Monday, March 23, 2009

It's Only O.K...

...if you're talking about the gunfight at the O.K. Corral. Otherwise, it's not okay.

Ah, the power of three. Yesterday I had three brushes with this topic so I'm sharing them with you today. It's about the wonderful qualities of our mother tongue...that's English for those who are wondering.

ENGLISH! Learn it. Words, all words, have power. Use them wisely. Use them well. Find a grammar and style book that you like and refer to it. My favorite is Strunk & White's, The Element of Style. It's short, easy to read, easy to use.

For those of us who are wordsmiths, yes, the debate is constantly afoot about the idea that languages are living and must be allowed to change and modify. However, there's a fine line between change and deterioration. We're allowing it to erode through laziness and the need for speed. Technology is taking its toll. Unacceptable says The Queen. Class is now in session.

There is a great article in yesterday's Tribune Review written by Rege Behe entitled Shortcuts cost language a lot of its style. Give it a read. Behe says that it's not alright (no such word,) what we're doing to language these days. And, it's absolutely all right that he feels that way. He agrees with me; we've become worse for the obsession to be expedient. Case in point:

Melissa was telling us that she got this text yesterday: "HBTY. HBTY. HBDM. HBTY." Disturbing. It was her mother 'singing' Happy Birthday. Sigh. I'm not sure what's more weird. The fact that she text messages at all...the fact that the birthday wish came in code...the fact that it would have been so much better if mom had called and said or sang it. I'm going with all three.

Come on. Are you really so busy that it would kill you to type, see you, instead of CU?

Here is a list of some of The Queen's pet peeves:

Spell check, DOESN'T! You can't rely on it because it can't discern your intent. Regardless, (Notice I did not use irregardless, WHICH IS NOT A WORD! Although it is in the dictionary now because so many knot heads use it...but then again, ain't is in the dictionary too; need I say more?), use it anyway as the first pass on your work. At the very least, it will highlight things for your attention and consideration. Cripes. It's right there! Don't be so lax. Click it and see what it turns up. Even for your e-mails. It's too easy not to use it. Unless you're terminally lazy.

There, their, and they're: Learn the difference. There is no reason that their luggage is lost so they're truly pissed. Got it now?

Its, It's, Its': Its- belonging to it. It's- the contraction of it is. Its'- a failing grade when I was teaching and read it in a paper. Why? Because it's not a flippin' word! Stop doing that!

I.E. vs E.G. : We all know that I.E. is used to site an example. But, did you know that it's most correctly used only when speaking? It's Latin, id est= that is. As in, 'that is to say.' The say is your tip-off. However, when you are writing and wish to give an example, it's most correct to use, E.G. Latin exempli gratia=for example. Perhaps it's not earth shattering to use them interchangeably, but like every tool, using it correctly gives optimum performance.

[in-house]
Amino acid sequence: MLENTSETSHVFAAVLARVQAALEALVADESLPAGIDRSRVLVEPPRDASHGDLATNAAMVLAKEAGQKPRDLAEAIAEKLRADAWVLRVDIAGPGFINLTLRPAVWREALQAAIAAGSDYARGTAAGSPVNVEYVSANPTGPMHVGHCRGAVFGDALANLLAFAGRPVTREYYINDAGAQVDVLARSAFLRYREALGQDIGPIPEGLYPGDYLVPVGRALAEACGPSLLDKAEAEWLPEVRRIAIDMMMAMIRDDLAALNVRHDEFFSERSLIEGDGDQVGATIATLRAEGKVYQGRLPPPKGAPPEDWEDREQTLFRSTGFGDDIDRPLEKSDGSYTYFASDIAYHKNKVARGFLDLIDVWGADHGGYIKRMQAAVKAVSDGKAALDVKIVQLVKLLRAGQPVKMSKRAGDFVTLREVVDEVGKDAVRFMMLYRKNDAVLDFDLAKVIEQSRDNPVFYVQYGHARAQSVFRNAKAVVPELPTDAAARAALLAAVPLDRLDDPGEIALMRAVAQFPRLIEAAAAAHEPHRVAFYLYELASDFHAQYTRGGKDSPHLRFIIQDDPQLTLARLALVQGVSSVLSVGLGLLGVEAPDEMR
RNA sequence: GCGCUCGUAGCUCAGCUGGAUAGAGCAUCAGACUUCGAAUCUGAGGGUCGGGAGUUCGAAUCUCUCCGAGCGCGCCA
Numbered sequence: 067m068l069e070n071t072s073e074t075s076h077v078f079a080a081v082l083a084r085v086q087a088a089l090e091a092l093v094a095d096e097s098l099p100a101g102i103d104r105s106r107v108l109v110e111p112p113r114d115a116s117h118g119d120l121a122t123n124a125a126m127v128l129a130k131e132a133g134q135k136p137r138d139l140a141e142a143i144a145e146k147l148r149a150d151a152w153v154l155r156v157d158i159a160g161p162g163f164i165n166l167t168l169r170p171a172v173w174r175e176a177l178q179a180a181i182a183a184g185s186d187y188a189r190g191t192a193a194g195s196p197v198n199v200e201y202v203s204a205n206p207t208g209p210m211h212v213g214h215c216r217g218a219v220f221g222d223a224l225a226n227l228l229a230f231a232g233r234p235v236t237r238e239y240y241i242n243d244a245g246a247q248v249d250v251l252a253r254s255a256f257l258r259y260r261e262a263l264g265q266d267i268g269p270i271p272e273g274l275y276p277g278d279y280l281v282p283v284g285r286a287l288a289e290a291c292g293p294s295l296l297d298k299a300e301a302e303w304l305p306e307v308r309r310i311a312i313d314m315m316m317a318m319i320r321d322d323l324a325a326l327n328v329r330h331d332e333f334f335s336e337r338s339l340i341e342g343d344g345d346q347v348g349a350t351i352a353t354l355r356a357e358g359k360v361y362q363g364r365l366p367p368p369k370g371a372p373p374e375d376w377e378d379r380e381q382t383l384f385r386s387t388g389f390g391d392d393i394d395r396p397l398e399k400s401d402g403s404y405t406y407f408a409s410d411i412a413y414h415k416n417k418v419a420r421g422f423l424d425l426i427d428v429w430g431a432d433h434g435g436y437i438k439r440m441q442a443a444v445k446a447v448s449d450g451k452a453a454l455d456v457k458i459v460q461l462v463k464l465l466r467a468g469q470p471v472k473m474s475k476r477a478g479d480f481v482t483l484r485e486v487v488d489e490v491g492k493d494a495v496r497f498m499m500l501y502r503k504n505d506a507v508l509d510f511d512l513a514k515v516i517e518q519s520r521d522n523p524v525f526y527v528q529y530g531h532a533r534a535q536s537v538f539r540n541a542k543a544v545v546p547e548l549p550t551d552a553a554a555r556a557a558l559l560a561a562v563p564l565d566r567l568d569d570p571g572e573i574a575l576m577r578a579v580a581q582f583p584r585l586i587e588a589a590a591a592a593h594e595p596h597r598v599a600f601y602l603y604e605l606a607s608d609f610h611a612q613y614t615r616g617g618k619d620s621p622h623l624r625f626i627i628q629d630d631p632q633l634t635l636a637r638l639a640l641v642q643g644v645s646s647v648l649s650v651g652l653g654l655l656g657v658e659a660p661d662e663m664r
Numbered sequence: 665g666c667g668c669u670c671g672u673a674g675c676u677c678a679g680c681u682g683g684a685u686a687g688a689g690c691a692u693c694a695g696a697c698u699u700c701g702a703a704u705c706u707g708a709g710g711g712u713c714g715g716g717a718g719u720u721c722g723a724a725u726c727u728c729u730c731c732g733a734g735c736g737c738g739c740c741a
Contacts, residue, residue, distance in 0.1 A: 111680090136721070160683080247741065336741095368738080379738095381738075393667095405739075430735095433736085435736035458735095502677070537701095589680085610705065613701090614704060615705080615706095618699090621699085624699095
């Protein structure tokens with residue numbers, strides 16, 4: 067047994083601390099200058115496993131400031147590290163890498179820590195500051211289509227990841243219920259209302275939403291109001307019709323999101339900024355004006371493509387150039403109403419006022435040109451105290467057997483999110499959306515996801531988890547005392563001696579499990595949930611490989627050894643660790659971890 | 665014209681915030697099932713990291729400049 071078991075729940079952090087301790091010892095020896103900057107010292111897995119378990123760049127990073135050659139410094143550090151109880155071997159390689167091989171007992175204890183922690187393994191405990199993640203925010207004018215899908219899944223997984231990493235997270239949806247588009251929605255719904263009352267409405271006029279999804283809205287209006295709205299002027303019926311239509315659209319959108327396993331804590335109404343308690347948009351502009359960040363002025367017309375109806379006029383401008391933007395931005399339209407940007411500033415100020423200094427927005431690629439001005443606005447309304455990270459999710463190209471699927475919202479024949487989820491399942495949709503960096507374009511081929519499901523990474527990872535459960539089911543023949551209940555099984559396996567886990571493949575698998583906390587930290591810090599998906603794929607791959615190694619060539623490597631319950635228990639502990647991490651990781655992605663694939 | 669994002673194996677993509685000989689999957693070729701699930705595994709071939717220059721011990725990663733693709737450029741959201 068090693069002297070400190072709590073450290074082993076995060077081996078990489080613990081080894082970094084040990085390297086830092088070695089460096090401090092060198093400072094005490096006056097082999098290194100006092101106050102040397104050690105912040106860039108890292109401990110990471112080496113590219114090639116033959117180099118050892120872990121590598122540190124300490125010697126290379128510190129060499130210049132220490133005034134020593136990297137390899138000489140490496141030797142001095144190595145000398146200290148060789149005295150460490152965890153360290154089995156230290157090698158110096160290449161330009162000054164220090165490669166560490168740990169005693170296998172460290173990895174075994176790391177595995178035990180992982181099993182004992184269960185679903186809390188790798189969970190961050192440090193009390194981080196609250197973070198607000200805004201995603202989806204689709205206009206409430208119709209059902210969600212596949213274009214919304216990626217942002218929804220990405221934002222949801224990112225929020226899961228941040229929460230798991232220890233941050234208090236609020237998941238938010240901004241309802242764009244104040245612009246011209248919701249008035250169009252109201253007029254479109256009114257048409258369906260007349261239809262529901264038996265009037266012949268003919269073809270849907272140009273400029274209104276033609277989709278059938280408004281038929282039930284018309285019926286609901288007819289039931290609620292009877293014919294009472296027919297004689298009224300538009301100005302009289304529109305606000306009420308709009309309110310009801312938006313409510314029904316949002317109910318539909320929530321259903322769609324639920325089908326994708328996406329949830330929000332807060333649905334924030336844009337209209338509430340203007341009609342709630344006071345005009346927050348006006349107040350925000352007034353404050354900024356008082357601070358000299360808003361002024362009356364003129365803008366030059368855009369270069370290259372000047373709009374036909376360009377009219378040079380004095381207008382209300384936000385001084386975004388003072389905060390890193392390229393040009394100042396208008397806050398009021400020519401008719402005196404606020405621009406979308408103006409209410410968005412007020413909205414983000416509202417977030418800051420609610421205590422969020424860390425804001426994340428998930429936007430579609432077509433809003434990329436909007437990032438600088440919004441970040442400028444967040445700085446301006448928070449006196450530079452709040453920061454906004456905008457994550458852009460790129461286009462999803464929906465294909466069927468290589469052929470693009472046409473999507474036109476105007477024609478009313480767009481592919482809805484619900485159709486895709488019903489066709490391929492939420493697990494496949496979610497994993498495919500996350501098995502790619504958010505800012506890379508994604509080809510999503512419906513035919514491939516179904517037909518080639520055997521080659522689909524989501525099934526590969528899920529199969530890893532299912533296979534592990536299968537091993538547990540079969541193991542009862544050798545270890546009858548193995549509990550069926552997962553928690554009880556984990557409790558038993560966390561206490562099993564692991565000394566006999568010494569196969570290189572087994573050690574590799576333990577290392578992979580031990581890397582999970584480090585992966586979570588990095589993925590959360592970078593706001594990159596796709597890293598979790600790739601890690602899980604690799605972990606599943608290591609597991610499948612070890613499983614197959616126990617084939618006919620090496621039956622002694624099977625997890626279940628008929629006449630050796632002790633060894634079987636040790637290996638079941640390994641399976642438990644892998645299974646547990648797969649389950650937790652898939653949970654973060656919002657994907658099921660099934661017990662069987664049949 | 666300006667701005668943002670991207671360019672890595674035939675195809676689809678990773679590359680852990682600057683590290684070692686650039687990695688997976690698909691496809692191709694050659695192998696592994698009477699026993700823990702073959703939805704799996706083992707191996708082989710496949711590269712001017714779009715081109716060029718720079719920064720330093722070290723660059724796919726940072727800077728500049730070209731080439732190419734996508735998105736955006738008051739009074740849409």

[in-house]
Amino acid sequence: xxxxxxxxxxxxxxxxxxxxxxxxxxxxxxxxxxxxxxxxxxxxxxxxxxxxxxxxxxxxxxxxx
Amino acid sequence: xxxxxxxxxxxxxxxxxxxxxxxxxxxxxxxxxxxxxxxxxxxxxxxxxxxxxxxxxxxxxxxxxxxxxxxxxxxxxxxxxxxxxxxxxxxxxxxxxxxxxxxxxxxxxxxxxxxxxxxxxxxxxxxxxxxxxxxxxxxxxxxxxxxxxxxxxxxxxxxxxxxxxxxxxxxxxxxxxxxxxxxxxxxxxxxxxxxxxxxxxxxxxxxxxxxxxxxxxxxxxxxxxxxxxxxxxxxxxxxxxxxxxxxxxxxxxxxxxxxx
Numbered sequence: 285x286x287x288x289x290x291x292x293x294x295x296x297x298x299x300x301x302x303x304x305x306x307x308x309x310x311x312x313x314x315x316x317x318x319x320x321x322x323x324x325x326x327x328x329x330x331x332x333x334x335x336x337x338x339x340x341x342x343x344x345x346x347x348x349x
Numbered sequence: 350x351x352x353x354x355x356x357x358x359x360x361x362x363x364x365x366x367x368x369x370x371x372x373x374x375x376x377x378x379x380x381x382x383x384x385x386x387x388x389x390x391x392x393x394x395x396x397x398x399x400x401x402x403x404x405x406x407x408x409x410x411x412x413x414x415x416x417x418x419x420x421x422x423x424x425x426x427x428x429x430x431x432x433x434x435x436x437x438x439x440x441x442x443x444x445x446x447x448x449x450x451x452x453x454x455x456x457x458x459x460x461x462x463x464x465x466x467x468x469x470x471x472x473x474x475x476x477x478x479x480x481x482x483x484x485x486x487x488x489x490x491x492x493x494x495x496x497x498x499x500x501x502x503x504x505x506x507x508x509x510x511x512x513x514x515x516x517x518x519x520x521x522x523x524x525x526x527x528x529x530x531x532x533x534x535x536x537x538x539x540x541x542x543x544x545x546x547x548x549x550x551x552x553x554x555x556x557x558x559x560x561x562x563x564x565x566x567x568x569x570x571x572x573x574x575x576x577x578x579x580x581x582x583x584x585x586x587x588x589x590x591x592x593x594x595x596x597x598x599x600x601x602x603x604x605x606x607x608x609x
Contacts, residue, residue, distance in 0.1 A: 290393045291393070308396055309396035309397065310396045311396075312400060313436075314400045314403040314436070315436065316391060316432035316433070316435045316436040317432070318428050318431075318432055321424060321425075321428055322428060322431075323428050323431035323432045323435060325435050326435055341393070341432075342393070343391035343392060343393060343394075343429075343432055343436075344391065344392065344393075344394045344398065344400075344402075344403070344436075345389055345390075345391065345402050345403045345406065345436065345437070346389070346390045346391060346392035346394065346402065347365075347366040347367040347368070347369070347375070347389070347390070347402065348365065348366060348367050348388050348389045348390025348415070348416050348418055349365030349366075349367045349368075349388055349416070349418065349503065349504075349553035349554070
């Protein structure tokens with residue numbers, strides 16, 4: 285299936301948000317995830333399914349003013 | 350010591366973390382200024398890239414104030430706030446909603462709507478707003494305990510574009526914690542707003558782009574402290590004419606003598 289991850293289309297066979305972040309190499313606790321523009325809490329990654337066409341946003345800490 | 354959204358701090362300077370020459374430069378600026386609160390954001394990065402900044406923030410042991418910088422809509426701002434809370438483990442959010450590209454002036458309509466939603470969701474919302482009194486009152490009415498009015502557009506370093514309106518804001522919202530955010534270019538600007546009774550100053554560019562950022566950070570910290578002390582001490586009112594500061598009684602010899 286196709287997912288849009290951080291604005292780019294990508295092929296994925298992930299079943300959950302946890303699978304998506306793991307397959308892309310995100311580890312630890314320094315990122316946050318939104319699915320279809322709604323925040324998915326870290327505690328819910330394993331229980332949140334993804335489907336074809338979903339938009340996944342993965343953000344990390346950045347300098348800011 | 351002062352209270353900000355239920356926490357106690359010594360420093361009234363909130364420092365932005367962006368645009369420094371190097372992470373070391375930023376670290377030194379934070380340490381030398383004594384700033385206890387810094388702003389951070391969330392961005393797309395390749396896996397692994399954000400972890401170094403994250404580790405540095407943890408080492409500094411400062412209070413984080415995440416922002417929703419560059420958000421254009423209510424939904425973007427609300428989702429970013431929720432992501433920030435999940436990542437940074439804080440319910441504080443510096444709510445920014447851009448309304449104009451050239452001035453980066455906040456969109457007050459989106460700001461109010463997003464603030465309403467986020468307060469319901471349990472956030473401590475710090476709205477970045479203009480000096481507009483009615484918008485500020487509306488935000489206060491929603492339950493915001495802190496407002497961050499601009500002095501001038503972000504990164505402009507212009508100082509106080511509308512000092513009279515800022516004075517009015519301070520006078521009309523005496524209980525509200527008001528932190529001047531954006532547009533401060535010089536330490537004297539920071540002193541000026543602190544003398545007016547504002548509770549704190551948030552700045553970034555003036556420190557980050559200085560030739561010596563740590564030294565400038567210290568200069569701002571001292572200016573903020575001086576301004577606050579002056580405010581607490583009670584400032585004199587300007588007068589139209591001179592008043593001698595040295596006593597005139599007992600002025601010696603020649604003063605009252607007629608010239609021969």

I vs Me: This confuses many of us. Understandably. Which is correct? Easy enough to figure and train yourself. When you're not sure about using I or me, split them apart. Do you want Joe & I to take you? Split it: Do you want Joe to take you/Do you want I to take you? See, it's immediately apparent that you should use, me.

Let's do it a different way: Me & Joe will take you. Joe will take you./Me will take you; not unless you're two years old. Otherwise, it is- I will take you. You would be correct to say, I & Joe will take you, but it's stilted speech, so to be absolutely correct, you'd change to: Joe & I will take you.

Give yourself the gift of the deciding split and the entire me & I nightmare goes away.

Stop ending your questions with 'at.' Stop talking just before your mouth says it. "Where are you at?" NO! "Where are you?" Stop in time and save our ears.

Here's another: "What did you want it for?" When you hear yourself ending questions with prepositions, it's because you're not asking the correct question. Learn to ask better questions. The real question here is not what, it's why: "Why did you want it?" See? Easy.

It's, "i before e except after c, or as sounding like a, as in neighbor and weigh. Most of us know the first part of this handy device, but many didn't get the last bit. So, I share it with you today!

Melissa says that, often, when she's reading this blog, she feels as if I, "Sneezed commas." I had to laugh! It's a great description. There were five of us around the table when she made her observation. Three of the five, including me, went to Catholic school and were taught by Grammar Nazis, e.g. The Sisters. I am exceedingly grateful to the nuns for having the fortitude to teach us the rules of usage and correct form. It is what distinguishes many of us. The three Catholic kids stood firm on the whole comma debate. We get twitchy if we don't use commas to separate any, and all, independent clauses. Commas were sacrosanct and it's difficult to cut them without great trepidation...